Black Hole Winds II: Hyper-Eddington Winds and Feedback

2015-10-19T10:10:26Z (GMT) by Andrew King Stuart Iain Muldrew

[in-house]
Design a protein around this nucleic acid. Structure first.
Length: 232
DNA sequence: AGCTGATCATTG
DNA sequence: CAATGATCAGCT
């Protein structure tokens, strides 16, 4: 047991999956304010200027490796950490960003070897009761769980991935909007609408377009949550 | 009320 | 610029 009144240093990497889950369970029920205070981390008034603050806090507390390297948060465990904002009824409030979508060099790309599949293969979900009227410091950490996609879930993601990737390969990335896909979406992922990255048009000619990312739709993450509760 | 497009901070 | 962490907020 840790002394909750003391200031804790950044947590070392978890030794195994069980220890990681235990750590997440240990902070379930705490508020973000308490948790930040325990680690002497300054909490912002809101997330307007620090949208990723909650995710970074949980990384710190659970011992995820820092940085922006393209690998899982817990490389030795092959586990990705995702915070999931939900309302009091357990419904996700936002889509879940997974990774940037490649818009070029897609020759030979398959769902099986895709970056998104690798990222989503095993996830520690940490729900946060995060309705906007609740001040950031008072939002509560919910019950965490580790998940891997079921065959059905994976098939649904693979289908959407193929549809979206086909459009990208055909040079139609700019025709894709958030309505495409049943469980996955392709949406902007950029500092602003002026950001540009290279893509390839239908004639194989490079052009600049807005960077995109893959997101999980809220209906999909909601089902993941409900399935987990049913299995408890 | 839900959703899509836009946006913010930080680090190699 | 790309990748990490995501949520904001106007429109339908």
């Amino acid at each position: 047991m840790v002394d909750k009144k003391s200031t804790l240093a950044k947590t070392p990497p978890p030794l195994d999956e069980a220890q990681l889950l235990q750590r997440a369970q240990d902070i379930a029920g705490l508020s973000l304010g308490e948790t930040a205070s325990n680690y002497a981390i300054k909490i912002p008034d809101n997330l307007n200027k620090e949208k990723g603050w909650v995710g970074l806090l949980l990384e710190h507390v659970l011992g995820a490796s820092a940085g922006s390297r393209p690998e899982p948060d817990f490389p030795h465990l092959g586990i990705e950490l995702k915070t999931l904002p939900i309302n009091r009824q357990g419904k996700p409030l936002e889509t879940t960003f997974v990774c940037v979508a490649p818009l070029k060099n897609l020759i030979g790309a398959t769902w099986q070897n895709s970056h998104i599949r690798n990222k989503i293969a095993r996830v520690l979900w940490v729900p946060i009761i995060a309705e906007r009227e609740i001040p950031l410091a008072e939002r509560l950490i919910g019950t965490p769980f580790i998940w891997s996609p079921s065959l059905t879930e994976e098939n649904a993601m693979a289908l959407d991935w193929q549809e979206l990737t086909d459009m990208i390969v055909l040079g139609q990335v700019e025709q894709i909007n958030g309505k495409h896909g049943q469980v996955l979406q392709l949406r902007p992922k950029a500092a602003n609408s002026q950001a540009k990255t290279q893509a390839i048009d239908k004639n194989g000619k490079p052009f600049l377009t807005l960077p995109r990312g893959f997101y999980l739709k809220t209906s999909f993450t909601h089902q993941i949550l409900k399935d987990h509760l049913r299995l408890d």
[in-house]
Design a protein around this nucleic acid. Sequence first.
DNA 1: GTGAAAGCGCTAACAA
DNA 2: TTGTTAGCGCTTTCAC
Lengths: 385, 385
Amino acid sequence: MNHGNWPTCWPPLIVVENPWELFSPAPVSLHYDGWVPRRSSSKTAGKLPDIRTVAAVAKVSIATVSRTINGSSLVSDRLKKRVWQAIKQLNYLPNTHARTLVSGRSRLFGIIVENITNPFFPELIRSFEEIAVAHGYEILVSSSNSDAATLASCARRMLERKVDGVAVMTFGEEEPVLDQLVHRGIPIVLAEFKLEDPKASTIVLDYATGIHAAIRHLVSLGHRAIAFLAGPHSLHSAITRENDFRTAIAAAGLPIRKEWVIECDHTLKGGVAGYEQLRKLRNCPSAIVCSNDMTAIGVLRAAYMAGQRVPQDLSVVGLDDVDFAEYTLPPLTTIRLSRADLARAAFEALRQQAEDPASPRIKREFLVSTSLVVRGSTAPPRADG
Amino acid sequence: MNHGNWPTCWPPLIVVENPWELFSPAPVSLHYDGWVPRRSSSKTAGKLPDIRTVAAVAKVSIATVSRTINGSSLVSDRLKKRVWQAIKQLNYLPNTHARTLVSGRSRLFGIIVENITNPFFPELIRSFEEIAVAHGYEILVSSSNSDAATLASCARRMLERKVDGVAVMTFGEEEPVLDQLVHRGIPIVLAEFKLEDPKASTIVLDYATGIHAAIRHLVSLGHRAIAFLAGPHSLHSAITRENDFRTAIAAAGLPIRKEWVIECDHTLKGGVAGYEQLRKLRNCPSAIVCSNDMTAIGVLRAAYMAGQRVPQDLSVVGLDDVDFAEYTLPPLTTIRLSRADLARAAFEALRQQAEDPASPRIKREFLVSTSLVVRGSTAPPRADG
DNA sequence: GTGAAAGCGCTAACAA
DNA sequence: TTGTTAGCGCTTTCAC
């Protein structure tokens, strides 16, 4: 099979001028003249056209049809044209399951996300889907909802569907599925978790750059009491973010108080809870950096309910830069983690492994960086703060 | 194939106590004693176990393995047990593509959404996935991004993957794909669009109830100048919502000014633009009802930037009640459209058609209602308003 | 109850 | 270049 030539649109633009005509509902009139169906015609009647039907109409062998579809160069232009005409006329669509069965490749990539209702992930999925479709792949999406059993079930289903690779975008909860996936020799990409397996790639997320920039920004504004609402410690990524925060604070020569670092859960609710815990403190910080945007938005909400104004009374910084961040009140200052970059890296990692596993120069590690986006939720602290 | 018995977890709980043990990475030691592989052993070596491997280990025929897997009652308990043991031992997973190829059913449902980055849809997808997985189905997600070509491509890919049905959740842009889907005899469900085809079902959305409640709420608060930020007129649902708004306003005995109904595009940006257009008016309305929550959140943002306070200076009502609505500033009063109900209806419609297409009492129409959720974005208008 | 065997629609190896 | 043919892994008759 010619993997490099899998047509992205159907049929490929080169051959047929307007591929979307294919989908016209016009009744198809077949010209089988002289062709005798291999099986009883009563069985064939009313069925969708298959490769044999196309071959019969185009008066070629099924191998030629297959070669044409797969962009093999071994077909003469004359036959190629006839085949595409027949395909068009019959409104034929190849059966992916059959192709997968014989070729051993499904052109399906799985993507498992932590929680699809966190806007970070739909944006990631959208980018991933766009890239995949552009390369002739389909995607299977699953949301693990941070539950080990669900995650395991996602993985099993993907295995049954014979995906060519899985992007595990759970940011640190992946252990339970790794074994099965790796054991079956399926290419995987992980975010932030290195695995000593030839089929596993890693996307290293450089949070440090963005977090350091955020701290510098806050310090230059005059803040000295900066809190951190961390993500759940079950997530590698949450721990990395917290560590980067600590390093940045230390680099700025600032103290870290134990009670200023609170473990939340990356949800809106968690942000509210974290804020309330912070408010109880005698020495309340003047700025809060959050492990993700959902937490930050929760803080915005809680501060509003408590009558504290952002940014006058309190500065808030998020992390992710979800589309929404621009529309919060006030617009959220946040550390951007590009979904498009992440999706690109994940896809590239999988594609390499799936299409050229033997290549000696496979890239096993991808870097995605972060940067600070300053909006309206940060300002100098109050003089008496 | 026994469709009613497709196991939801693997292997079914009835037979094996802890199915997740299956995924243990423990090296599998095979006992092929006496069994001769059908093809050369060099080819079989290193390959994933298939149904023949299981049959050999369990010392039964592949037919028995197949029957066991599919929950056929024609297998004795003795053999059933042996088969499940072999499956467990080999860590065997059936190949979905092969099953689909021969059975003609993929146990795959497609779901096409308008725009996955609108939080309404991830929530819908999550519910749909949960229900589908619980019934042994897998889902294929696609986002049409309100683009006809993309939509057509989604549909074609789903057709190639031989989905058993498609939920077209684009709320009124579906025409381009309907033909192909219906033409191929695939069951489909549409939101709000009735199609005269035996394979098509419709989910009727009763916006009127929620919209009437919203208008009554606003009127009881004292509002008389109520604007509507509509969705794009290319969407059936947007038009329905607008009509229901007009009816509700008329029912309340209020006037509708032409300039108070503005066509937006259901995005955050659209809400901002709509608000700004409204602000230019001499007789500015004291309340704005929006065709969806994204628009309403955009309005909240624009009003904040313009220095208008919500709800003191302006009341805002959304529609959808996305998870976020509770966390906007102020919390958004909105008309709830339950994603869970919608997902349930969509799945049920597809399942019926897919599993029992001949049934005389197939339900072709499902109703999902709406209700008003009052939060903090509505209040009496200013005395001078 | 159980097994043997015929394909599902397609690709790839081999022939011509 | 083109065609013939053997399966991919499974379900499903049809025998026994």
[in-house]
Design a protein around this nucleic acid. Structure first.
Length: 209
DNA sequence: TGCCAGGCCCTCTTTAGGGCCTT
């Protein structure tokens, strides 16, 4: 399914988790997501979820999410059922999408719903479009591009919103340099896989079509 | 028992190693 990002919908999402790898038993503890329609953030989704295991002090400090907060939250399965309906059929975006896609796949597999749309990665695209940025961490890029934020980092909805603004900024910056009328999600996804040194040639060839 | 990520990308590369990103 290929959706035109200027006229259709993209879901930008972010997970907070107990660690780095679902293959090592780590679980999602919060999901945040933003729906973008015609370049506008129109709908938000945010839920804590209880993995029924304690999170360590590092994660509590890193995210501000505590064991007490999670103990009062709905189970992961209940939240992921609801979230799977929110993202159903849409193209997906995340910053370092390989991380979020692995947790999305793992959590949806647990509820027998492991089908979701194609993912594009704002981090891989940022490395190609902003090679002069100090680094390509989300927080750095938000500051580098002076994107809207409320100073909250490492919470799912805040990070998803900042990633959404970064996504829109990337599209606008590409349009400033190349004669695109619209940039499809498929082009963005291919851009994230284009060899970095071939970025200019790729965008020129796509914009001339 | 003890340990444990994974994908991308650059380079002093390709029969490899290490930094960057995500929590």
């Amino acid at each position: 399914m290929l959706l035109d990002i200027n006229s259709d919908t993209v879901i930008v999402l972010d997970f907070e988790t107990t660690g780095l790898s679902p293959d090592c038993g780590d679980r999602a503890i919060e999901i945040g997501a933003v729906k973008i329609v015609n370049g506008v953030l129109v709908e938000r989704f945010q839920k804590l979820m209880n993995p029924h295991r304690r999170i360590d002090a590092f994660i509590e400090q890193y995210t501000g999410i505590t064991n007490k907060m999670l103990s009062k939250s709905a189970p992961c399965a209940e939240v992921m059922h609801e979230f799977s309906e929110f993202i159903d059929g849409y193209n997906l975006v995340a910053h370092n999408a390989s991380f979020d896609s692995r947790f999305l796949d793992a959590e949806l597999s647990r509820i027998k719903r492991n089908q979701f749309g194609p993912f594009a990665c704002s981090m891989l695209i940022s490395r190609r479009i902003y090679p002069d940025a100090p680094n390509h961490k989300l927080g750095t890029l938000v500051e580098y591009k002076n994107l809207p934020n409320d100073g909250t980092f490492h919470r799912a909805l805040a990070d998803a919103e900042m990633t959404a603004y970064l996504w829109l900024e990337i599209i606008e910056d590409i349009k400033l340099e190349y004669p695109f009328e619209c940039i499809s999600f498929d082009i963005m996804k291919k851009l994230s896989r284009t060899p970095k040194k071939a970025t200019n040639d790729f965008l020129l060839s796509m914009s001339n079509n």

We show that black holes supplied with mass at hyper--Eddington rates drive outflows with mildly sub--relativistic velocities. These are $\sim 0.1 - 0.2c$ for Eddington accretion factors $\dot m_{\rm acc} \sim 10 - 100$, and $\sim 1500\,{\rm km\, s^{-1}}$ for $\dot m_{\rm acc} \sim 10^4$. Winds like this are seen in the X--ray spectra of ultraluminous sources (ULXs), strongly supporting the view that ULXs are stellar--mass compact binaries in hyper--Eddington accretion states. SS433 appears to be an extreme ULX system ($\dot m_{\rm acc} \sim 10^4$) viewed from outside the main X--ray emission cone. For less extreme Eddington factors $\dot m_{\rm acc} \sim 10 - 100$ the photospheric temperatures of the winds are $\sim 100$\, eV, consistent with the picture that the ultraluminous supersoft sources (ULSs) are ULXs seen outside the medium--energy X--ray beam, unifying the ULX/ULS populations and SS433 (actually a ULS but with photospheric emission too soft to detect). For supermassive black holes (SMBHs), feedback from hyper--Eddington accretion is significantly more powerful than the usual near--Eddington (`UFO') case, and if realised in nature would imply $M - \sigma$ masses noticeably smaller than observed. We suggest that the likely warping of the accretion disc in such cases may lead to much of the disc mass being expelled, severely reducing the incidence of such strong feedback. We show that hyper--Eddington feedback from bright ULXs can have major effects on their host galaxies. This is likely to have important consequences for the formation and survival of small galaxies.